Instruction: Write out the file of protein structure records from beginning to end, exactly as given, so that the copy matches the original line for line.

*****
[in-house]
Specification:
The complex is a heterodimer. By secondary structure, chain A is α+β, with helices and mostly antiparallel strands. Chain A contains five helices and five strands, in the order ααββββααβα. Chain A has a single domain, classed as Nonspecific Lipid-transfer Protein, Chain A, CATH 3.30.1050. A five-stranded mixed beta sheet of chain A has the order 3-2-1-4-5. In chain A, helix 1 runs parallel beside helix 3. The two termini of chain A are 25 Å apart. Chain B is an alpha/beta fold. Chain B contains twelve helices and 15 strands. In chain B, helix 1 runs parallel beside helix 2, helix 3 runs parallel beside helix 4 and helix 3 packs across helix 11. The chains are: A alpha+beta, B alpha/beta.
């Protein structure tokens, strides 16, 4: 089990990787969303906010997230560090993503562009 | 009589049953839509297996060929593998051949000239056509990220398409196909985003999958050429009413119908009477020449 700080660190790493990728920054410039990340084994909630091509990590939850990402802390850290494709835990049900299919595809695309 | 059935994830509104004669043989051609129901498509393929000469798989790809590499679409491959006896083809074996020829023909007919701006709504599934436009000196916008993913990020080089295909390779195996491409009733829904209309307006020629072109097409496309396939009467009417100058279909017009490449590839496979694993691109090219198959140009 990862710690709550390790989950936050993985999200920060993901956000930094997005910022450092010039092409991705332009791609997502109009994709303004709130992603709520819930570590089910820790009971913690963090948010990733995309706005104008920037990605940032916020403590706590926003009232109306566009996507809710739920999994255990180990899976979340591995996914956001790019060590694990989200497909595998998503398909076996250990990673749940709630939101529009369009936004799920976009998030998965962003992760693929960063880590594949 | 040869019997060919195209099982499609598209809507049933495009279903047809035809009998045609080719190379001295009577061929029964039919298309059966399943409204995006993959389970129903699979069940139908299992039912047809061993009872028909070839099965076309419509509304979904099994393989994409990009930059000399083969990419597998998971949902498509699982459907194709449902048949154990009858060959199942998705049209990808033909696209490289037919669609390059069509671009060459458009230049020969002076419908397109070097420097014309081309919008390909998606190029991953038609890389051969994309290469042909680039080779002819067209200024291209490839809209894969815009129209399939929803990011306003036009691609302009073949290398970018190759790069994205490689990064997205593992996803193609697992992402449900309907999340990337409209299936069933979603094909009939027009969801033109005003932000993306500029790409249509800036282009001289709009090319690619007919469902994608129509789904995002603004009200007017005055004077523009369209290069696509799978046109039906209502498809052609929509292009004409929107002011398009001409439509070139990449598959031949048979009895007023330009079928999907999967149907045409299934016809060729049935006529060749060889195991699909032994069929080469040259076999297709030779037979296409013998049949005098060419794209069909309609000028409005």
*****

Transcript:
[in-house]
Specification:
The complex is a heterodimer. By secondary structure, chain A is α+β, with helices and mostly antiparallel strands. Chain A contains five helices and five strands, in the order ααββββααβα. Chain A has a single domain, classed as Nonspecific Lipid-transfer Protein, Chain A, CATH 3.30.1050. A five-stranded mixed beta sheet of chain A has the order 3-2-1-4-5. In chain A, helix 1 runs parallel beside helix 3. The two termini of chain A are 25 Å apart. Chain B is an alpha/beta fold. Chain B contains twelve helices and 15 strands. In chain B, helix 1 runs parallel beside helix 2, helix 3 runs parallel beside helix 4 and helix 3 packs across helix 11. The chains are: A alpha+beta, B alpha/beta.
């Protein structure tokens, strides 16, 4: 089990990787969303906010997230560090993503562009 | 009589049953839509297996060929593998051949000239056509990220398409196909985003999958050429009413119908009477020449 700080660190790493990728920054410039990340084994909630091509990590939850990402802390850290494709835990049900299919595809695309 | 059935994830509104004669043989051609129901498509393929000469798989790809590499679409491959006896083809074996020829023909007919701006709504599934436009000196916008993913990020080089295909390779195996491409009733829904209309307006020629072109097409496309396939009467009417100058279909017009490449590839496979694993691109090219198959140009 990862710690709550390790989950936050993985999200920060993901956000930094997005910022450092010039092409991705332009791609997502109009994709303004709130992603709520819930570590089910820790009971913690963090948010990733995309706005104008920037990605940032916020403590706590926003009232109306566009996507809710739920999994255990180990899976979340591995996914956001790019060590694990989200497909595998998503398909076996250990990673749940709630939101529009369009936004799920976009998030998965962003992760693929960063880590594949 | 040869019997060919195209099982499609598209809507049933495009279903047809035809009998045609080719190379001295009577061929029964039919298309059966399943409204995006993959389970129903699979069940139908299992039912047809061993009872028909070839099965076309419509509304979904099994393989994409990009930059000399083969990419597998998971949902498509699982459907194709449902048949154990009858060959199942998705049209990808033909696209490289037919669609390059069509671009060459458009230049020969002076419908397109070097420097014309081309919008390909998606190029991953038609890389051969994309290469042909680039080779002819067209200024291209490839809209894969815009129209399939929803990011306003036009691609302009073949290398970018190759790069994205490689990064997205593992996803193609697992992402449900309907999340990337409209299936069933979603094909009939027009969801033109005003932000993306500029790409249509800036282009001289709009090319690619007919469902994608129509789904995002603004009200007017005055004077523009369209290069696509799978046109039906209502498809052609929509292009004409929107002011398009001409439509070139990449598959031949048979009895007023330009079928999907999967149907045409299934016809060729049935006529060749060889195991699909032994069929080469040259076999297709030779037979296409013998049949005098060419794209069909309609000028409005």